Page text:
"You must read this powerful book. Peter Eichstaedt has given voice to the victims of the largely unheard-of tragedy of Uganda. This story calls out to our very humanity." Archbishop Emeritus Desmond Tutu
"A book filled with haunting images that leave one groping for answers." Mac Maharaj, South African author and activist
"This book is a call to action to help our brothers and sisters in Africa that we can no longer ignore." John Dau, president, John Dau Sudan Foundation, and coauthor, God Grew Tired of Us: A Memoir
"This fine firsthand account should be read by anyone seeking to grapple with the challenges of war and peace in coming decades." Douglas Farah, author, Merchant of Death and Blood from Stones
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First Kill Your Family
Child Soldiers of Uganda and the Lord's Resistance Army
By Peter Eichstaedt
Chicago Review Press IncorporatedCopyright © 2013 Peter Eichstaedt
All rights reserved.
Faded Luster of the Pearl
Winston Churchill visited Uganda in 1907 and was so taken by the country that in his memoirs of the trip, My African Journey, he wrote, "Uganda is the pearl." A relatively small country, Uganda is one of three nations, along with Kenya and Tanzania, composing the heart of East Africa. About the size of Oregon, it sits west of Kenya and on the northern shores of Africa's largest body of freshwater, Lake Victoria, thought to be the headwaters of the Nile River. The country straddles the equator and is bordered on the south by Tanzania, on the southwest by Rwanda, and on the west by the Democratic Republic of the Congo. To the north is Sudan. Like the other East African countries, Uganda boasts a dramatic terrain. The snow-capped Rwenzori Mountains, also known as the Mountains of the Moon, form the western boundary. In northwestern Uganda, Murchison Falls National Park offers visitors lions, antelopes and gazelles, elephants, giraffes, hippos, and troops of baboons and monkeys. Among the park's famous visitors were writer Ernest Hemingway and his wife Mary, who were injured there in January 1954 when their single-engine plane crashed on the crocodile-infested banks of the Nile River after it swooped low over the torrent of white water and snagged a telegraph wire. Uganda also has the Bwindi Impenetrable Forest, which contains several hundred of the endangered mountain gorillas, the country's biggest tourist draw.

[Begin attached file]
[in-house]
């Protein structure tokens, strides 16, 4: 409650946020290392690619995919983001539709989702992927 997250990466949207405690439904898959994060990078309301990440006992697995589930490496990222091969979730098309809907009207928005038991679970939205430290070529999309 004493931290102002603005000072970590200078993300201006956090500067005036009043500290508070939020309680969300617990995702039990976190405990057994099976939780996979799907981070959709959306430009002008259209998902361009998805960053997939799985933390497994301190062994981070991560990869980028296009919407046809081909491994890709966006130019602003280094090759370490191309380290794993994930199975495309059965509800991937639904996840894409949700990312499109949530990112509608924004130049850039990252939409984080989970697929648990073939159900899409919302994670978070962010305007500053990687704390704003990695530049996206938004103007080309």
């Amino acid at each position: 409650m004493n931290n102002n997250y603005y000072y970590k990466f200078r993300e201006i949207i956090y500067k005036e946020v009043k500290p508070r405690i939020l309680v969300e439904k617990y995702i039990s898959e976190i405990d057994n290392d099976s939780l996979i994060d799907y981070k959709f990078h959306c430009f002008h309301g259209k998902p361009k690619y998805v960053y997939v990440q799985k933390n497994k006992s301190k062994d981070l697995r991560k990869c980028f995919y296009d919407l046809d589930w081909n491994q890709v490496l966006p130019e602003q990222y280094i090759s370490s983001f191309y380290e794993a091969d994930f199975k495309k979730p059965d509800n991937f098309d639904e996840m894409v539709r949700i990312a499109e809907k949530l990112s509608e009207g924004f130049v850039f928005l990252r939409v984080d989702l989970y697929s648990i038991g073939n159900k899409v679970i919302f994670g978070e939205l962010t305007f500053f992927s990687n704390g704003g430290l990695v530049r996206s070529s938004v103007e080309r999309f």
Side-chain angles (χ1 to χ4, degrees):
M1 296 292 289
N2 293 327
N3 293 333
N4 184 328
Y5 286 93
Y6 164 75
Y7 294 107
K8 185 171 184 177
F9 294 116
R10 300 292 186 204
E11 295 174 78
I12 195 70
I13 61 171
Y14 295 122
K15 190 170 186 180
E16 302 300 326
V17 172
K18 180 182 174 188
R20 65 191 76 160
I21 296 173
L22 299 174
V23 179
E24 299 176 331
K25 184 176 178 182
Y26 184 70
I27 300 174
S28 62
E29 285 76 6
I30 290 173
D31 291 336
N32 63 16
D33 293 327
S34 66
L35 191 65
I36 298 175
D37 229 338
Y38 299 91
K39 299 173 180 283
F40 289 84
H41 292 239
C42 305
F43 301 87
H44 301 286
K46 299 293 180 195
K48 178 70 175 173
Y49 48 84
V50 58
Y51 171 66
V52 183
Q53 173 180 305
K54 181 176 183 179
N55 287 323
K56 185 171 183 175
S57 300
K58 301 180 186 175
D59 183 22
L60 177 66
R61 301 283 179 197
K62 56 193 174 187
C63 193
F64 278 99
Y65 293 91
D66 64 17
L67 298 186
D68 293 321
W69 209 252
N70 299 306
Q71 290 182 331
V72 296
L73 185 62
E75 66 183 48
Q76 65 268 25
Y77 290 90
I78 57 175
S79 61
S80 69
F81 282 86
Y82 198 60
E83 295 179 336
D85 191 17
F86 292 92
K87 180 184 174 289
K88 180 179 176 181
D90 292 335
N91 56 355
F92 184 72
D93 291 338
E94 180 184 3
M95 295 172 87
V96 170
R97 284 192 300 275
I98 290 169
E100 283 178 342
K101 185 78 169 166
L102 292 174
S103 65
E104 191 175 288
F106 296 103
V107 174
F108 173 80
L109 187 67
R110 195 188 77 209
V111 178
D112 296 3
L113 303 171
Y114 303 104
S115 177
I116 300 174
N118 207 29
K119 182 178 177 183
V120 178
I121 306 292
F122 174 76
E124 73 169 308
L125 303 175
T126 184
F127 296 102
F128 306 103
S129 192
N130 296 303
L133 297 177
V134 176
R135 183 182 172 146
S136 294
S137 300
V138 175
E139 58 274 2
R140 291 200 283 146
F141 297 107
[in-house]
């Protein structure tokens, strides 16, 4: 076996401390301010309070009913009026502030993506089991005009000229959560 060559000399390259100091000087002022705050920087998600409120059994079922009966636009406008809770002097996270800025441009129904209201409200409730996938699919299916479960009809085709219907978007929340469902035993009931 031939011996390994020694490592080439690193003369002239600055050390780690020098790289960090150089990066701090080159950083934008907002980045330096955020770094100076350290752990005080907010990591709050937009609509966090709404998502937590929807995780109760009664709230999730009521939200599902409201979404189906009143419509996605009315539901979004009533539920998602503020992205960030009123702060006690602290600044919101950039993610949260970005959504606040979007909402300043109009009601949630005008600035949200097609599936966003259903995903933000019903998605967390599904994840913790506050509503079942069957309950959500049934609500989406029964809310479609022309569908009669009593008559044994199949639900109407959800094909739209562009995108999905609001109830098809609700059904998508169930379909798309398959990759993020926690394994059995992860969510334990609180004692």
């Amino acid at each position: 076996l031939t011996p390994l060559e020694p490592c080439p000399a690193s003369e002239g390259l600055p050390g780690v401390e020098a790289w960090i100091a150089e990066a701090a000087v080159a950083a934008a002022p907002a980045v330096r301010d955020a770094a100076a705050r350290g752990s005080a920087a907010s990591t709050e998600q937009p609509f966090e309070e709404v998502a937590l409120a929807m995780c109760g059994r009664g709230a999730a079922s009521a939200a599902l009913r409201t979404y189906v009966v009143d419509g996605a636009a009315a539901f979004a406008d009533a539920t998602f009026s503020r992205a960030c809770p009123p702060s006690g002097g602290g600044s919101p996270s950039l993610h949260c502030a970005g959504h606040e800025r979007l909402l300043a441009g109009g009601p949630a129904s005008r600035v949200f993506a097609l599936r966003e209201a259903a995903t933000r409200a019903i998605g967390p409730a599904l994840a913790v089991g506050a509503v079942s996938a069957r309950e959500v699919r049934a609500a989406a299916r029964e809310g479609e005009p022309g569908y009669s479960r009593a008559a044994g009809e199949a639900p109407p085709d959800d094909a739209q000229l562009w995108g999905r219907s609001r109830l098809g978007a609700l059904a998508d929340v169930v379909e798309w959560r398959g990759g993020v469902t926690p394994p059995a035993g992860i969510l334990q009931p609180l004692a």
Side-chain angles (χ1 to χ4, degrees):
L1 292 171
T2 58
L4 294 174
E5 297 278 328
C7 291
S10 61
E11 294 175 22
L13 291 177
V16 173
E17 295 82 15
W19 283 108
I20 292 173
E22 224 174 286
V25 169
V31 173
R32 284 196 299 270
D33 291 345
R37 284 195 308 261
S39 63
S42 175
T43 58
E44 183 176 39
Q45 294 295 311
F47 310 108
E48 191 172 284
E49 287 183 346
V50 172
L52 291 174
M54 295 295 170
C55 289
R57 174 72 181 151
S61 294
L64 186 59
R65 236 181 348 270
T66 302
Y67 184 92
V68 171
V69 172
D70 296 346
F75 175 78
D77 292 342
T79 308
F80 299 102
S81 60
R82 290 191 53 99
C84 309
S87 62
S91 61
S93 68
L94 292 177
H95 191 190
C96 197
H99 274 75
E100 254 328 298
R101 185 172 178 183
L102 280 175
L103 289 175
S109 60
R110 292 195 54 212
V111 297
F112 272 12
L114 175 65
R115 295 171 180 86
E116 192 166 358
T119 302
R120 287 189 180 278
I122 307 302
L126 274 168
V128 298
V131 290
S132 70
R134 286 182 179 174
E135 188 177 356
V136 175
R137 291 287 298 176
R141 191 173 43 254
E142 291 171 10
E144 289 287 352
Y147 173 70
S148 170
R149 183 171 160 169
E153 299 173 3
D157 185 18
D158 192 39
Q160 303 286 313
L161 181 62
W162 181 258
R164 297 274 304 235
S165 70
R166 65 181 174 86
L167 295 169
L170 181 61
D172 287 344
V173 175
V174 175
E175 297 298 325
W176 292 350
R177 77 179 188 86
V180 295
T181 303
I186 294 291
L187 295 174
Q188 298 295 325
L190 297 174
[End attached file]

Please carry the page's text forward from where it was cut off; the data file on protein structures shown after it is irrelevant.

A British protectorate for the first half of the twentieth century, by all appearances Uganda is an African success story. The weather is moderate, the terrain green and varied, the soil rich, and the people educated and eager to reap the benefits of globalization. English is the official language of this country of twenty-eight million, and it has a 66 percent literacy rate. It is predominately Christian, with the Catholic, Protestant, and Pentecostal churches sharing about 60 percent of the population. The remainder are divided between Islam and animistic beliefs. Unlike some other parts of Africa, Uganda has controlled the AIDS epidemic and has lowered the infection rate to single digits. The economy has thrived, due in part to a steady flow of foreign aid, which has made up about half of the Ugandan annual national budget. It is also bolstered by the presence of an enterprising Indian business community.
Despite the appearance of stability and prosperity, Uganda has rarely experienced a sustained peace within its borders. The atrocities committed by the seemingly undefeatable Lord's Resistance Army only underscore Uganda's inability to free itself from a brutal and bloody past.